The Storm Before the Calm

By Alison June 6, 2013 11 Comments 4 Min Read

In matters of human nature it is a truth universally acknowledged that things will always get worse before they get better: a theory me thinks we can apply to everything from re-arranging the living room to family disharmony.
It seems to we have reach crisis point before we can start to see that one way or another from the worst mess or biggest crisis we will be able to create order and joy all over again. But heavens: just because we KNOW something to be true, doesn’t make it any easier to deal with when we are right in the thick of things…

This weekend we have been gifted both a new mattress and a scrumptiously fabulous (but absolutely huge!) gas barbecue. I also got it into my head that if we are to have people round on Saturday evening for dinner we need to clean every carpet in the house, re-arrange the living room furniture and basically turn the house upside down just in case said visitors turn out to be nosey parkers and decide to inspect the inside of our bathroom cabinet. All that and the sun is shining and life has to go on and writing has to progress and lovely friends visited and children carted to and from school and brows mopped and family disharmony tolerated if one is not to blame for it.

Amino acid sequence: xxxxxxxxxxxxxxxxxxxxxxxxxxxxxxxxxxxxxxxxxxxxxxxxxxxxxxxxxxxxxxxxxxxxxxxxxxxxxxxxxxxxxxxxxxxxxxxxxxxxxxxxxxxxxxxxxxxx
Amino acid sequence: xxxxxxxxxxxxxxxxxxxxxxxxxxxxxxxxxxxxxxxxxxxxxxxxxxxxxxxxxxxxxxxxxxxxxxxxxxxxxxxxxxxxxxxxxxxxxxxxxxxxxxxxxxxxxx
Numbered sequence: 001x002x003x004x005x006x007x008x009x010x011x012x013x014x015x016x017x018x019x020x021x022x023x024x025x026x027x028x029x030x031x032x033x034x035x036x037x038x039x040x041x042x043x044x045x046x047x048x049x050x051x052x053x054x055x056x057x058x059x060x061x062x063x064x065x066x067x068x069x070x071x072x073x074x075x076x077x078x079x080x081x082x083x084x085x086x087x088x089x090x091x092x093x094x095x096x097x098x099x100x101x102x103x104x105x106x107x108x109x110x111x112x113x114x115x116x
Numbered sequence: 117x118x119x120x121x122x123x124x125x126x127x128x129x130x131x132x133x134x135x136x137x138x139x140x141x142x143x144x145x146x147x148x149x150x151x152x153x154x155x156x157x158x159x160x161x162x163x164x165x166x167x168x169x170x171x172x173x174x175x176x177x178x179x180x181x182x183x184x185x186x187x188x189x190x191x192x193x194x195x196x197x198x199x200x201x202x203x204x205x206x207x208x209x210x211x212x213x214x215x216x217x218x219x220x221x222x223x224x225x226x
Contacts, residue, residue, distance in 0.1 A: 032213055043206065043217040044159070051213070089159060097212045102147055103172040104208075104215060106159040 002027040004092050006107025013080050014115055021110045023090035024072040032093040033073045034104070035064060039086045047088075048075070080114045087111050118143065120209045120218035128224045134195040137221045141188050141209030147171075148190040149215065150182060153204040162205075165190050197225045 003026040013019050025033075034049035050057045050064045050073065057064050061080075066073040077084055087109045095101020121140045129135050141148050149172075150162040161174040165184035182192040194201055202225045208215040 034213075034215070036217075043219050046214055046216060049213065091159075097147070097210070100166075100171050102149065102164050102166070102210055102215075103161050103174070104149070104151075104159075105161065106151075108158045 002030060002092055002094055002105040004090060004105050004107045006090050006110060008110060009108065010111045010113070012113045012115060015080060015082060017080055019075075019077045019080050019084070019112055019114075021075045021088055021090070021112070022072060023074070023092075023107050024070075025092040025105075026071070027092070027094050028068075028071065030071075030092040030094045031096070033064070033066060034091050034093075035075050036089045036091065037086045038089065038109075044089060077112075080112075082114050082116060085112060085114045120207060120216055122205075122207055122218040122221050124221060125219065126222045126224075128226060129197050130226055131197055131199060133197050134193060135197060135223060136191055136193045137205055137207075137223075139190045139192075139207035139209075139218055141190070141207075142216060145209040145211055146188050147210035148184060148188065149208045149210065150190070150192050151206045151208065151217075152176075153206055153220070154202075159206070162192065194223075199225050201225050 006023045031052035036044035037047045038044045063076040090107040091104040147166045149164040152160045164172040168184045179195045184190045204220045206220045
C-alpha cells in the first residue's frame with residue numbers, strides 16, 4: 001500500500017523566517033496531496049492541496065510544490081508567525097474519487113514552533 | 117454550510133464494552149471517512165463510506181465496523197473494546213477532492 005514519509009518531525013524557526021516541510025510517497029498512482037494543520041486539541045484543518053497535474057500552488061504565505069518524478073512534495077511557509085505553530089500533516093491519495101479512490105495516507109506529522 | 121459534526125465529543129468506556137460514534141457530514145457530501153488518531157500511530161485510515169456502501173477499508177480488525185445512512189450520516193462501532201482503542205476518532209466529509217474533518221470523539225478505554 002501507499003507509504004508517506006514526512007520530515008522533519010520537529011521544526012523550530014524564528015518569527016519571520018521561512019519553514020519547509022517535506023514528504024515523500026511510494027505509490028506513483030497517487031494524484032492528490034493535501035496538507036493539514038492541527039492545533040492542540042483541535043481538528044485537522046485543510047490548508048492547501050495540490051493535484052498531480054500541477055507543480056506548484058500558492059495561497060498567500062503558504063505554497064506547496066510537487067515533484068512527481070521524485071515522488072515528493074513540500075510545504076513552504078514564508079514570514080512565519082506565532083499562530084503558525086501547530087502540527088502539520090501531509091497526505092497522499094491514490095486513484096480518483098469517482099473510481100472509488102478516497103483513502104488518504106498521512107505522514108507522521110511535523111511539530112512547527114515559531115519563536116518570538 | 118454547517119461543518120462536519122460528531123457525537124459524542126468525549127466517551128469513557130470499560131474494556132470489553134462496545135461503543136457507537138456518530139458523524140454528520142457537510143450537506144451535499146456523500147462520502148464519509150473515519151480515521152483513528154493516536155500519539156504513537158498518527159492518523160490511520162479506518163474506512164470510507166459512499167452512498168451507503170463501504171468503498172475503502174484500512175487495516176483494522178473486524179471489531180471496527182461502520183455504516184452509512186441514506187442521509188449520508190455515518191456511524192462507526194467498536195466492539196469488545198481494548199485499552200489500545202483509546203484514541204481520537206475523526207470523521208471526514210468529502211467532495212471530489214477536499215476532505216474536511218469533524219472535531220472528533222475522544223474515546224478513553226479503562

So today I sit on an armchair that used to be on the other side of the room, drinking iced mint tea and trying to pretend that all around me is in order, when there is a mattress on the landing, a Rug Doctor in the dining room, a garden that is pretty but upside down in our efforts to make way for giant barbecue, books stacked haphazardly left, right and center,  laundry half done, a cupboard spilled on to the floor in a search of a set of table mats I apparently no longer own and almost everything that used to be under the bed now in wibby-wobbly piles around the room after swapping the mattress and causing chaos.  Not to mention the fact that the carpet is still wet and thus walking in and out of the kitchen on and off slippy carpet is a hazard and Finley has been under strict instruction not to walk on the carpet with grubby garden feet and so has taken to hopping from one sofa to the other as if he was a bird!

Oh my. I can’t see how life will ever get back to normal. The house looks hideous. I feel demented. I’m making people cross.

But of course it will. For this is the way of the universe. The storm before the calm. And when we are stood right in the center of the tornado it serves us well to still our mind, prevent hysteria of the taking to ours beds with a glass of medicinal whiskey kind, and with one eye on the goal (impressing visitors/resolving upset/creating peace of mind), take the first step on the road to joy again.